Given its initial premise and appalling body count, the fact “Sons of Anarchy” has credibly reached a seventh and final season is in itself an accomplishment. Yet this fall’s driving theme — unrelenting revenge and retribution — practically ensures a series already characterized by over-the-top violence will be even more steeped in creatively conceived gore. Few programs seem more closely linked to the id of their brain trust than this one, and showrunner Kurt Sutter has set the stage for an operatic finish. That said, watching “Sons” ride toward the sunset — taking its excesses with it — evokes as much relief as regret.
Without giving too much away (and SPOILER ALERT only to those not fully up to date on last season’s events), the SAMCRO motorcycle club, under the stewardship of Jax (Charlie Hunnam), is grappling with some beyond-usual family issues. Sure, Jax killed his stepfather, assumed control and tried to take the club in a more legitimate direction, but that was before the brutal murder of his wife by his mother Gemma (Katey Sagal), which she is prudently hiding from him, the collateral damage be damned.
While Gemma justifies this act of self-preservation by saying she’s “the only thread holding this family together,” the fallout of letting Jax wonder who took a fork to his wife’s head virtually completes his turn into the darkness, embracing vengeance while setting in motion a war among the various criminal factions with which the club interacts. (In “Sons’ ” grim and anarchic world, law enforcement, with Annabeth Gish as the new sheriff, is really just another gang.)
Frankly, it’s somewhat refreshing to see a crime show that, particularly in this latest flight, so unabashedly displays its nasty side. The show has also consistently upped its game in terms of casting, bringing in the likes of Jimmy Smits and CCH Pounder, among others, in supporting roles.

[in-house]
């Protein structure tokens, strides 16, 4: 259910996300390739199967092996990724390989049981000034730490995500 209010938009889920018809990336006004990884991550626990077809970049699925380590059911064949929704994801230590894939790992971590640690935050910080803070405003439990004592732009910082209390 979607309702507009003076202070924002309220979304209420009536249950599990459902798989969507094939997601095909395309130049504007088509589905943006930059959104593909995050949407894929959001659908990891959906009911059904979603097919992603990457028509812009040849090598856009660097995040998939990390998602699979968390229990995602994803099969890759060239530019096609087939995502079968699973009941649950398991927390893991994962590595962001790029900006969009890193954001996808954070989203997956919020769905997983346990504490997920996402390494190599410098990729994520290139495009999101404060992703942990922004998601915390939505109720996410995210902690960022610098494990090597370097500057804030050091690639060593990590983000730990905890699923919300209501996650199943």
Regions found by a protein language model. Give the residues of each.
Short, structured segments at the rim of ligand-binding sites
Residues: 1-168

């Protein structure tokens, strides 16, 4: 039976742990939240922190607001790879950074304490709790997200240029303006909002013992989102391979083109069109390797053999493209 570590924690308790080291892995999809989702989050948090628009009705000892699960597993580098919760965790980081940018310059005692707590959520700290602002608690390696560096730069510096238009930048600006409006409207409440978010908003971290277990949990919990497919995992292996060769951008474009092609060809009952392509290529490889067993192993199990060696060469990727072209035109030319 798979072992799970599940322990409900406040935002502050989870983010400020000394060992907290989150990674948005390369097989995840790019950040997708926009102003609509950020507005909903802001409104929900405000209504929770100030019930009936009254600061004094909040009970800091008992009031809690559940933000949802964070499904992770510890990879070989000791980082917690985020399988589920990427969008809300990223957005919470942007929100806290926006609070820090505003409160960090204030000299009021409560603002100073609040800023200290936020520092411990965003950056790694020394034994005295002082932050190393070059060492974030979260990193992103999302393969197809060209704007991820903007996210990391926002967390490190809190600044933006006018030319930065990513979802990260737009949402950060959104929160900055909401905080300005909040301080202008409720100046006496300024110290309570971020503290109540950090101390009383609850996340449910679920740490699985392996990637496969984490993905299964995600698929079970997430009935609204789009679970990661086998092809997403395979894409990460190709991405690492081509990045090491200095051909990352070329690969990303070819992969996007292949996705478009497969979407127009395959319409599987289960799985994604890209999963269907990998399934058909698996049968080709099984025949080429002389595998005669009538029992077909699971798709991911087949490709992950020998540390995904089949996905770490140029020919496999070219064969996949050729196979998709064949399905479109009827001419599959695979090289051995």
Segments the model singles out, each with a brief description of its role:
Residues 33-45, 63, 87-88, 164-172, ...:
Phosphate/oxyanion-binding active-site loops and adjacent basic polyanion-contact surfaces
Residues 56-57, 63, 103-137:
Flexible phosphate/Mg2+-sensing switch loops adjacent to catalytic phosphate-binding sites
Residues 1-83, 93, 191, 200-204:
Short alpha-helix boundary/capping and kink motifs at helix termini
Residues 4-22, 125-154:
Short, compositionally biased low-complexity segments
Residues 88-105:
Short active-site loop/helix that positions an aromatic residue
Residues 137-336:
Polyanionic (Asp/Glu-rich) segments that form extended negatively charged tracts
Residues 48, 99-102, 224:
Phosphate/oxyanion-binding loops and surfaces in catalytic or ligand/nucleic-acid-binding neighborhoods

That said, “SOA” at times fritters on the edge of dwelling on sadism as opposed to depicting violence because it’s organic to the story. And while the show has contemplated the side effects of SAMCRO’s criminal enterprises — including the sobering incorporation of a school shooting with one of the guns it distributes — more often those caught in the crossfire are dispensed with little second thought.
Throughout, “Sons of Anarchy” — much like “The Shield,” one of the stops where Sutter cut his creative teeth — has exhibited a genuine and singular artistic vision, and the way the episodes spill out into ungainly lengths (the premiere runs 75 minutes, sans commercials) is both a testament to FX’s willingness to indulge talent and a window into the creative process.
In the process, the program has become one of FX’s signature shows, engaging not only a sizable audience but (at least if those emails and comments in response to any nay-saying are any gauge) an inordinately, er, passionate one as well.
When the series began, the show dabbled in the notion of a Shakespearean battle for Jax’s soul, waged between the memory of his dead father and how bad he had to become operating under his stepfather’s reign.
If it wasn’t obvious already, these first few episodes of the final season make clear how that struggle turned out. And while it will be interesting to see the way “Sons” tackles loose ends, in terms of how the series explores shades of gray, it looks like it’s all over but the shooting.